I remember when I first started trying to learn how to draw. . . it was actually incredibly frustrating. :)
As much as I tried to get the shapes I was seeing down on paper correctly, every drawing still looked off. Until I finally had a breakthrough.
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Drawing Tip #1 – Draw the negative shapes
My drawings only started to look more realistic when I began drawing the negative shapes around objects. It’s a fairly simple concept—instead of trying to draw the object in front of you, you focus on drawing the empty space around it.
You’re still drawing the same outlines, but you’re tricking your brain into doing it a much easier way! Here are a few examples of negative shapes from my drawing guide, How to Draw EXACTLY What You See.
TIP: It also helps to use a viewfinder to “frame” your scene. That way your negative shapes are simple and contained.
It doesn’t matter whether you’re drawing a beautiful glass chandelier with a thousand refracting crystals, or a simple still life scene like the one above. Drawing negative shapes helps you “switch off” the logical side of your brain that says, “Hey, this is an onion! Onions are tricky!” and turns on the other, more artistic side of your brain that can actually draw shapes pretty well.
If you’re looking for a quick, simple way to improve your drawing ability, this is it. It worked for me, and it will absolutely work for you too.
Drawing Tip #2 – Learn to lie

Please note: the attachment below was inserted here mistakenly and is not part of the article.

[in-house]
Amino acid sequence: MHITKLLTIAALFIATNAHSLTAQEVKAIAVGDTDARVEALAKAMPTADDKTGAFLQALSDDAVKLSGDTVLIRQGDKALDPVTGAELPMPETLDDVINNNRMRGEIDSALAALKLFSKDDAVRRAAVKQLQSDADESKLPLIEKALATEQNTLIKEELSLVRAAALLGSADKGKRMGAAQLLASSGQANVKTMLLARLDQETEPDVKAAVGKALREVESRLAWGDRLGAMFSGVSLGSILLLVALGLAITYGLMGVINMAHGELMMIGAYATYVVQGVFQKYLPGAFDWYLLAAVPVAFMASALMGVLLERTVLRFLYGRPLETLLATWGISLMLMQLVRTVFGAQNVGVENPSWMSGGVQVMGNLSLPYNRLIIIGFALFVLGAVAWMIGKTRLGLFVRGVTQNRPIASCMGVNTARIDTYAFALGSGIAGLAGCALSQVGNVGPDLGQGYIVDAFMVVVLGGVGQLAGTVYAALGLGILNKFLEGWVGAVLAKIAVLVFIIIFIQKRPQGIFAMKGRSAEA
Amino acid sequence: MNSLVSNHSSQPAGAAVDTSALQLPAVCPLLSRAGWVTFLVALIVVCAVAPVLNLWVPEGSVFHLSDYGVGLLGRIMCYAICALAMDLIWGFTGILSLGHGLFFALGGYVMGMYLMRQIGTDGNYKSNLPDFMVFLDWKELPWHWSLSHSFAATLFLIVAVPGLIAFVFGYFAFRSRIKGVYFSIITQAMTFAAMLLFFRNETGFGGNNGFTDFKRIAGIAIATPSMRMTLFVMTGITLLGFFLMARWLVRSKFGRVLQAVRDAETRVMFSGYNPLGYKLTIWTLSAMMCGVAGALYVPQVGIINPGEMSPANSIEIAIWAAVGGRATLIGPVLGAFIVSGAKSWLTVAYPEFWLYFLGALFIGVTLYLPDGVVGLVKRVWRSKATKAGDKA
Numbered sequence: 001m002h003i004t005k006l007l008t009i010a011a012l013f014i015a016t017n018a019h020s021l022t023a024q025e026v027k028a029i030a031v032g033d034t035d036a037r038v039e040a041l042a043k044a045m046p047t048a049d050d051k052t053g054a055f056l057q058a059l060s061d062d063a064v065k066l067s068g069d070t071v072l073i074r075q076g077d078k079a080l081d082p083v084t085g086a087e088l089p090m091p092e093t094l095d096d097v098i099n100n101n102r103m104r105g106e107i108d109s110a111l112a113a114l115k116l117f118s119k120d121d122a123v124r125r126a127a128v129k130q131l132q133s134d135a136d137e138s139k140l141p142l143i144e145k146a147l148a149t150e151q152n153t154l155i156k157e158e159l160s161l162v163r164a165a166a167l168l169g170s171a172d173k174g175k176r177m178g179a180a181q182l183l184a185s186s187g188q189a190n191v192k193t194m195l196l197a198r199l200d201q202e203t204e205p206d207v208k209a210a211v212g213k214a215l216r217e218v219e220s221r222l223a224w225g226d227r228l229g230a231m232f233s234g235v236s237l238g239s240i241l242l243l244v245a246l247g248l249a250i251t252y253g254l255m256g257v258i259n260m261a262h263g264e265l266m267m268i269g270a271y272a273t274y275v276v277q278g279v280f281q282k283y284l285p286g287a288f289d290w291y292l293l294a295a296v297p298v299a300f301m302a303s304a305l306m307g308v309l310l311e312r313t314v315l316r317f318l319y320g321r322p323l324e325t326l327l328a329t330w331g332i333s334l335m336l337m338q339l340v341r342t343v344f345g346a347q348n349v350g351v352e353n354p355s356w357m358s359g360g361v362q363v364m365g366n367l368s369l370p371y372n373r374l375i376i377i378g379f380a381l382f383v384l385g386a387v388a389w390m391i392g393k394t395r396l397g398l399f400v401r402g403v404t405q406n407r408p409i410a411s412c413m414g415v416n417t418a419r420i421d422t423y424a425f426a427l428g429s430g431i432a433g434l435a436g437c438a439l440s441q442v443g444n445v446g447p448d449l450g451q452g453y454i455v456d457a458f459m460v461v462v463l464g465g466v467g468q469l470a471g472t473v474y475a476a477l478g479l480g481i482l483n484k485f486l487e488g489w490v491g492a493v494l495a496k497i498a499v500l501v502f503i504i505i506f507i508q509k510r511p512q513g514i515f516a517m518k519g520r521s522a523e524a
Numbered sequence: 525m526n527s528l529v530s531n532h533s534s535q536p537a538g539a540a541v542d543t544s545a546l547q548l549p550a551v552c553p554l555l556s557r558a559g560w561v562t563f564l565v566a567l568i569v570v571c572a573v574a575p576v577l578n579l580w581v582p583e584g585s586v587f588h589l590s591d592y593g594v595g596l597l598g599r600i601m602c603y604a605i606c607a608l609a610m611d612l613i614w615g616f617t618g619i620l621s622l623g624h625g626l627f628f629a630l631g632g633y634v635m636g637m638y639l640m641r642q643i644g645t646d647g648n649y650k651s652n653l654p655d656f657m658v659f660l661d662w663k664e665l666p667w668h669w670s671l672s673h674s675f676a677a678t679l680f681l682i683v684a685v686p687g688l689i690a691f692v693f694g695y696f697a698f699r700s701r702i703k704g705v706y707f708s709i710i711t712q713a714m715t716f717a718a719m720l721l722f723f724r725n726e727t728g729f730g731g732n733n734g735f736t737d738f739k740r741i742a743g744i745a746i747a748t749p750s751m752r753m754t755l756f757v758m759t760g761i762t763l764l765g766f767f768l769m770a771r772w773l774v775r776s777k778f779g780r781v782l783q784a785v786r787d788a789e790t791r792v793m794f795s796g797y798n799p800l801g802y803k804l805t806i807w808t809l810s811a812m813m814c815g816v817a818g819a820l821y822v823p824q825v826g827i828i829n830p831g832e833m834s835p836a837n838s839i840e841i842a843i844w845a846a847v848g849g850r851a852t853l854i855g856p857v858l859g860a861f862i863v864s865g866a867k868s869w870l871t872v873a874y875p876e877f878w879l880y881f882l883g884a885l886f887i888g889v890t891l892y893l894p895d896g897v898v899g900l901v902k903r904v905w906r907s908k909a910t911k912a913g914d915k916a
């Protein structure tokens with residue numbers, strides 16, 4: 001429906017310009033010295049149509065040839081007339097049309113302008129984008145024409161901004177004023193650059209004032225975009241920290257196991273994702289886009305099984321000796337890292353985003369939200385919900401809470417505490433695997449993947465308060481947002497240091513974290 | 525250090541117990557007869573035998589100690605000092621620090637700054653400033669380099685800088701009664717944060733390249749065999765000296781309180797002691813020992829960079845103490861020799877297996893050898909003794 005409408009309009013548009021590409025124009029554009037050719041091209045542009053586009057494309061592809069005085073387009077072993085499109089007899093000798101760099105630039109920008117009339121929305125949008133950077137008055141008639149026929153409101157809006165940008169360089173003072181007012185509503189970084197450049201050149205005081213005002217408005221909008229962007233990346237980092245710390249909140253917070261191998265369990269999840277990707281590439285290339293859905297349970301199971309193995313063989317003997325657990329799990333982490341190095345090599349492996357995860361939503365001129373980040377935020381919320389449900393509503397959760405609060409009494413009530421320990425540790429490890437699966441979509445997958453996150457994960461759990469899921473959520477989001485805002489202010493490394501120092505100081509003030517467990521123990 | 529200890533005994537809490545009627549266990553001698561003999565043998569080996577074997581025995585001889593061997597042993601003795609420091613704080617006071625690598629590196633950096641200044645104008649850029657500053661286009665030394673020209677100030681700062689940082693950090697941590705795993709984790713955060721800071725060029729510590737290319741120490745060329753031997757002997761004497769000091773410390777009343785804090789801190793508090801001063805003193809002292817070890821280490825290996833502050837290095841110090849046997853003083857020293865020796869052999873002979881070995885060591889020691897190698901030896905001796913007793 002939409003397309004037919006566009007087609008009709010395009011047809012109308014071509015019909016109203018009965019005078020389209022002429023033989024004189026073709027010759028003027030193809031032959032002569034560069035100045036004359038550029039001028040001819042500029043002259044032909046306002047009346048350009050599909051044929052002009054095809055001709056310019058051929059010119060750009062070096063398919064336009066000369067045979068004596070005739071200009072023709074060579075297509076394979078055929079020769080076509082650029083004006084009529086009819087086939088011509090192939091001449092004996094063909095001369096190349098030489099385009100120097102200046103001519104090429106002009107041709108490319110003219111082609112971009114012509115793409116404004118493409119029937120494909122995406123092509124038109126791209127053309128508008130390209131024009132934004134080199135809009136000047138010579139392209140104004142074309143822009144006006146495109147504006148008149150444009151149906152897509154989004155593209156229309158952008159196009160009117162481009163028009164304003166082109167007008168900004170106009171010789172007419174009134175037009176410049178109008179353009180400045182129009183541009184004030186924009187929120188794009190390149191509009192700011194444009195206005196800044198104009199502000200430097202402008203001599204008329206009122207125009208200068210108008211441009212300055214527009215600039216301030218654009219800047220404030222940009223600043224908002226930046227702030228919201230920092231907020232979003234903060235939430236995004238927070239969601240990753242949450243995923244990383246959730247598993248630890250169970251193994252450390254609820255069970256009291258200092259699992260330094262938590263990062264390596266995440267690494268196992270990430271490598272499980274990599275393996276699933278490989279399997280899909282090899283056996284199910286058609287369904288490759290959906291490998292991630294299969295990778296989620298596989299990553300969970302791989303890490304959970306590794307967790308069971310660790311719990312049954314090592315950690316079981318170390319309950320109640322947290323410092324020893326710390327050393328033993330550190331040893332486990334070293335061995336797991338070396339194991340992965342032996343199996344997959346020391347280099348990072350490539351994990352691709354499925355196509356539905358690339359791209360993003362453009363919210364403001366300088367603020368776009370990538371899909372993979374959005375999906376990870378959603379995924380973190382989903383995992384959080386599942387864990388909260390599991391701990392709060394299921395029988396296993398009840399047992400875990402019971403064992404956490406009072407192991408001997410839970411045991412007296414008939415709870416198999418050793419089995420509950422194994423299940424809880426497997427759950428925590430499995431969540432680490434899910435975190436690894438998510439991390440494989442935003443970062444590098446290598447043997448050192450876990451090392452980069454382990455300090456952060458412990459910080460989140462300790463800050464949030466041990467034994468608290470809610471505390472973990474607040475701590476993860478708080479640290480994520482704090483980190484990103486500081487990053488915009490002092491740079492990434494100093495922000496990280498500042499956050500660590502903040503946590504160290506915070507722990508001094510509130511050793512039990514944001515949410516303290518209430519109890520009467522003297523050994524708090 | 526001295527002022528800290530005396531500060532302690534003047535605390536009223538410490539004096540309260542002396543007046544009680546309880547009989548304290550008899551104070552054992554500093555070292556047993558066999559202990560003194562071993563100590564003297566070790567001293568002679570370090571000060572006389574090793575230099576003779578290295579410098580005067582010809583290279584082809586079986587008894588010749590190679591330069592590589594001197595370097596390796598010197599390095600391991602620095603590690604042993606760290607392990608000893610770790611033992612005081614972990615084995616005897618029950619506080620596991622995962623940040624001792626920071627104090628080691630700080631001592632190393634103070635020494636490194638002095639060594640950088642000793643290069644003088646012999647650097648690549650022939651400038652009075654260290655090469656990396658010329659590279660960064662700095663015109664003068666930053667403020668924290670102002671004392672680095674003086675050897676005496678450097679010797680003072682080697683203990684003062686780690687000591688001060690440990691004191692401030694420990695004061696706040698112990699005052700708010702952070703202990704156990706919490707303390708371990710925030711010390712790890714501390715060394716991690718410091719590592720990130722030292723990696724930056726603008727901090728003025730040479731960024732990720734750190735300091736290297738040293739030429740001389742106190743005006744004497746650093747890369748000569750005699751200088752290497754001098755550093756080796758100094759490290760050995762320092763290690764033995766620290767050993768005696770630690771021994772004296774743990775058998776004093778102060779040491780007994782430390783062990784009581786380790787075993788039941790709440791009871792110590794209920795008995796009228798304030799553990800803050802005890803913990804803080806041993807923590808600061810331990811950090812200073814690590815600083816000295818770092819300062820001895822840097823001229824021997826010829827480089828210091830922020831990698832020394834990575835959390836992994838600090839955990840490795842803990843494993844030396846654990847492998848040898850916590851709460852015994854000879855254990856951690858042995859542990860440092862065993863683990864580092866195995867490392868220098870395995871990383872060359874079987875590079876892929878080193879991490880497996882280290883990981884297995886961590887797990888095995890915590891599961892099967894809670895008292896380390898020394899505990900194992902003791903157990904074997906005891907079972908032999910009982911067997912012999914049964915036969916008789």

All the best drawings in the world are lies.
Don’t believe me? :) Here’s what I mean. . . good artists always CHOOSE exactly what to draw. What we see in their final work of art is not the whole truth!
For example, they might choose to emphasize certain shadows in a person’s face to give their subject more character. Or maybe they AVOID drawing every hair on a person’s head, and just draw some shadows and highlights with a few wisps to make it seem like hair.
Good artists know that to create a truly beautiful drawing, you must emphasize certain things so that your viewer “gets” it at a deeper, more powerful level.
I learned that truth in college, when I was taking a still life painting course, and it influenced every piece of art I’ve made since. It’s OK to lie about what you see. . . it’s OK to emphasize. It’s even OK to remove something completely.
Once I learned this, my drawings and paintings “popped!” much more consistently. I almost always emphasize contrast, for example. Check your lightest lights and darkest darks in your own drawings—if there’s not enough contrast between them, add it in! You’ll be amazed how how much better your art can be.